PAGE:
Monthly Archives: March 2011

Guy Deutscher’s Through the Language Glass

I had a whole post written today about a recent statement made by American actor David Hasselhoff (don’t ask), but it got very muddled, so I decided to scrap it.  In the meantime, I’d like to recommend a book I’m … Continue reading


Posted in Uncategorized | 5 Comments

Where art “Thou?”

Remember thou, the word that perplexed every high-schooler forced to read Shakespeare and Chaucer? What happened to that word? Thou, as one can deduce, meant “you” up until the 1600s or so. You, in fact, was originally a second person … Continue reading


Posted in British English | Tagged , | 30 Comments

Short O: Separated by an Uncommon Vowel

Brits and Americans are perplexed by each other’s short-o‘s. The short-o, of course, it the curious little vowel sound in words like lot, rod and top. It’s is one of the English Language’s more inconsequential phonemes (you can write entire paragraphs … Continue reading


Posted in English Phonetics | Tagged | 25 Comments

News Roundup: Gaddafi’s Secret Weapon

A few news tidbits from the world of accents and dialects: 1.) Another week,another fluffy study about how people perceive dialects. This time, New Zealanders were asked which accents they liked or disliked. The results? Kiwis like Kiwi accents the … Continue reading

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The Ebonics Factor: A Quick Addendum

In the previous post, I mentioned the divide between the accents of Detroit and neighboring Windsor, Ontario.  There is a complicating factor, however, that I neglected to mention:  African American Vernacular English (AAVE, or crudely, “Ebonics“).* AAVE, for those who don’t … Continue reading


Posted in American English | Tagged , | 5 Comments

Northern Cities Vowel Shift vs. Canadian Accents

As per our recent discussion of Canadian accents, I’d like to delve into a question I often hear: how different is Canadian English from American English? What’s remarkable about Canadian English is not that it’s different from American English, but … Continue reading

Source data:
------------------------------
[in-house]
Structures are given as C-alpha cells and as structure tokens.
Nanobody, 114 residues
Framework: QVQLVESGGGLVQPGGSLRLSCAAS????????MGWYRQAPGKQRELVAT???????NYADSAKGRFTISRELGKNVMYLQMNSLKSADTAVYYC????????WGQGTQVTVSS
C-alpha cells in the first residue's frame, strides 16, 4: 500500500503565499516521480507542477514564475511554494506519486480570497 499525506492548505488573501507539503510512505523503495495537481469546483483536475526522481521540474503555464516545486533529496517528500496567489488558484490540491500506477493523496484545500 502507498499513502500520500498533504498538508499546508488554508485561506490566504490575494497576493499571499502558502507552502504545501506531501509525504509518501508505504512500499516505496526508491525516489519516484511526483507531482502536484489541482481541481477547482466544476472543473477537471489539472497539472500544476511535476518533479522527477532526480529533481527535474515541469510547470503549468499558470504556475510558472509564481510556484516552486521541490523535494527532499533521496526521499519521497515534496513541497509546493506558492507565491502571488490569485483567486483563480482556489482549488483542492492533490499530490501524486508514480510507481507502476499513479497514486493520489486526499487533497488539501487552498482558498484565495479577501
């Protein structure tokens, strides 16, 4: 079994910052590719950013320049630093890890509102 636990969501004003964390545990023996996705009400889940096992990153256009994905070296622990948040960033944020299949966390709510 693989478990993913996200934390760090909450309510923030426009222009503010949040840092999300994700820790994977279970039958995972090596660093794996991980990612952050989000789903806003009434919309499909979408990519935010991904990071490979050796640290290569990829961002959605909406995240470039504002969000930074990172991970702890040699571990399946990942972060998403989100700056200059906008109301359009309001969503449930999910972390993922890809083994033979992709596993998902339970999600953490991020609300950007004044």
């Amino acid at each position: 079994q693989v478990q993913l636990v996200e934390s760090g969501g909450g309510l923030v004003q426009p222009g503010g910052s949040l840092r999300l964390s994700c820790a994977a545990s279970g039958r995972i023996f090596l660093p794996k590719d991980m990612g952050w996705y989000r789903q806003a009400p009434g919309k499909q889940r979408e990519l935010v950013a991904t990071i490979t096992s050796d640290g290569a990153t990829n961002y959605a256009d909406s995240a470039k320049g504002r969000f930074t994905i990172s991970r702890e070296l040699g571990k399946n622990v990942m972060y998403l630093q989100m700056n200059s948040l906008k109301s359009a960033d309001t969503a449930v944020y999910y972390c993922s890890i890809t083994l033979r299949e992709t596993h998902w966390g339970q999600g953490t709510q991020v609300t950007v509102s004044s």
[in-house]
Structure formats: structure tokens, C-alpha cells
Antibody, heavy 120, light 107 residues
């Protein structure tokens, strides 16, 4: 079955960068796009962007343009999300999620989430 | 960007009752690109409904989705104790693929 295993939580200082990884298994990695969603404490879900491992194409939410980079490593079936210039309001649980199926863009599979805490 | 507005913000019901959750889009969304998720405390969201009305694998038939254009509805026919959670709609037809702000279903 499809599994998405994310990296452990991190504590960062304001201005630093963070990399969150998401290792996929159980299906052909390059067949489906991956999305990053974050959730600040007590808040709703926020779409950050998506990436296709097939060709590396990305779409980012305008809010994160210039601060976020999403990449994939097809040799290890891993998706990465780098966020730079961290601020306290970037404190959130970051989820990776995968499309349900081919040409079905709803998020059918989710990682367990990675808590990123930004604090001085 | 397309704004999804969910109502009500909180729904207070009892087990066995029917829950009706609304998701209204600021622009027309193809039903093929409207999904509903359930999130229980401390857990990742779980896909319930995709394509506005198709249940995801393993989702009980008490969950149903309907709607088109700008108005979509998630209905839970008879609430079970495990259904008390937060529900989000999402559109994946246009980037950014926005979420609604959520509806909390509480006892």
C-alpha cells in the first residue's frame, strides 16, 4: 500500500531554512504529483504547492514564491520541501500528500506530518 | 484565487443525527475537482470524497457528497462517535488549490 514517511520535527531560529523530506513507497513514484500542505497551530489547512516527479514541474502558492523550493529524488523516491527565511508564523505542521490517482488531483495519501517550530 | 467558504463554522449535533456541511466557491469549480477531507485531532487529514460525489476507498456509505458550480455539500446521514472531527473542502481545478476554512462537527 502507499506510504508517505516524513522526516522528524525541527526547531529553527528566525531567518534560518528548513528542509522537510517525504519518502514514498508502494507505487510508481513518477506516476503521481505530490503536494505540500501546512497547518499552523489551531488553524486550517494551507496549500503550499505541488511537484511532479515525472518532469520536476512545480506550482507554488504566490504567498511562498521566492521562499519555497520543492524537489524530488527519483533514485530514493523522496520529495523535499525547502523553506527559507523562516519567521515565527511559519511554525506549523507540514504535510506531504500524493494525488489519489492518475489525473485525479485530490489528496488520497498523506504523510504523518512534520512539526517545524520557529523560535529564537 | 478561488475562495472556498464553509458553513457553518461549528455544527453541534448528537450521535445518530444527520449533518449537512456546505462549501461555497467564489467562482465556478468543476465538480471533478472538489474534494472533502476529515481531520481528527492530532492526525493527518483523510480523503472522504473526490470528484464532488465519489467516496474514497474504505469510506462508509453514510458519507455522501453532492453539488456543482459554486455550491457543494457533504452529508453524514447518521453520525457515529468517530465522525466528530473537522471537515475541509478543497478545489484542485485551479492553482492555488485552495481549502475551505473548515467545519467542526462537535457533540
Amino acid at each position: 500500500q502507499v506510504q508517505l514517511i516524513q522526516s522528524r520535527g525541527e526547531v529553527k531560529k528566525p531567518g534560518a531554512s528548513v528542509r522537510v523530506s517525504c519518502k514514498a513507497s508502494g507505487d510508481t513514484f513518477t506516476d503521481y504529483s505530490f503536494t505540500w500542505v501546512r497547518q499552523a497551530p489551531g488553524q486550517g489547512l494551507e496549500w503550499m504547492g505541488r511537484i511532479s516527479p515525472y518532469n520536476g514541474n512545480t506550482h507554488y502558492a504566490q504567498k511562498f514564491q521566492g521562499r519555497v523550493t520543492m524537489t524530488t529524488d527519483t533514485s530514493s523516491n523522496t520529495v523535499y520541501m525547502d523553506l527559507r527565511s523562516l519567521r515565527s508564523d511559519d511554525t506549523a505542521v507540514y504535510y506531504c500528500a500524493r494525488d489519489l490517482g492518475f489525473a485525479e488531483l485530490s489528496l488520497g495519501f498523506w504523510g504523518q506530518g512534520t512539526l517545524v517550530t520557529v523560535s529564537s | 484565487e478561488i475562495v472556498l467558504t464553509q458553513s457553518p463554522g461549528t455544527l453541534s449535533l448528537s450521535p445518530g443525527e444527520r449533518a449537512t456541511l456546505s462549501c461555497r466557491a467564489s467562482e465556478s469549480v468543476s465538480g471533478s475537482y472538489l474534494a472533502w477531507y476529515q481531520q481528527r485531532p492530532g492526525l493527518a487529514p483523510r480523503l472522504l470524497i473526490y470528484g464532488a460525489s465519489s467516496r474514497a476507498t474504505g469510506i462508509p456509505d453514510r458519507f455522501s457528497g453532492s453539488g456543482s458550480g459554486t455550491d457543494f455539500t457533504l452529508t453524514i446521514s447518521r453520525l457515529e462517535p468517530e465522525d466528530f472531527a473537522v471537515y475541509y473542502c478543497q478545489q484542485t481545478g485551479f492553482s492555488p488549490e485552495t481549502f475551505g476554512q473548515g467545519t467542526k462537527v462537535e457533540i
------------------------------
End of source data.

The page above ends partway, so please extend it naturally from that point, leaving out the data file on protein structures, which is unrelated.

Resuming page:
Posted in American English | Tagged , | 17 Comments

A Rant: Accents and Bad Journalism

I realize that accents and dialects constitute a fairly obscure topic.  But I’m finding myself increasingly dismayed by how terribly journalism bungles this area of study. Look, I understand how easy it is to mess up facts when it comes … Continue reading


Posted in Uncategorized | Tagged , , | 7 Comments

“New Joysey” and “Oirish:” 6 Accent Myths

As per yesterday’s post about the mythological Canadian aboot, I’ve thought of some other myths people harbor about accents and dialects of English. Here are a few common misconceptions: 1.) Myth: People in Shakespeare’s day talked more like Americans than … Continue reading


Posted in Miscellaneous Accents and Dialects | Tagged , , , | 19 Comments

Canadian Raising: Nobody says “Aboot”

A point of clarification: Canadians do not say aboot. Canadian English features something called Canadian Raising, which basically means that the diphthong in “now” is raised before t, s or other voiceless consonants (i.e. before words like about and house). What … Continue reading


Posted in Miscellaneous Accents and Dialects | Tagged , , | 97 Comments

Good at Phonetics? It May be Genetics!

Any dialect coach will tell you that not everyone has a knack for picking up accents. Some people take to this kind of work immediately, while others struggle to recognize the most basic differences between accents. It’s a sad reality. … Continue reading


Posted in English Phonetics | Tagged | 7 Comments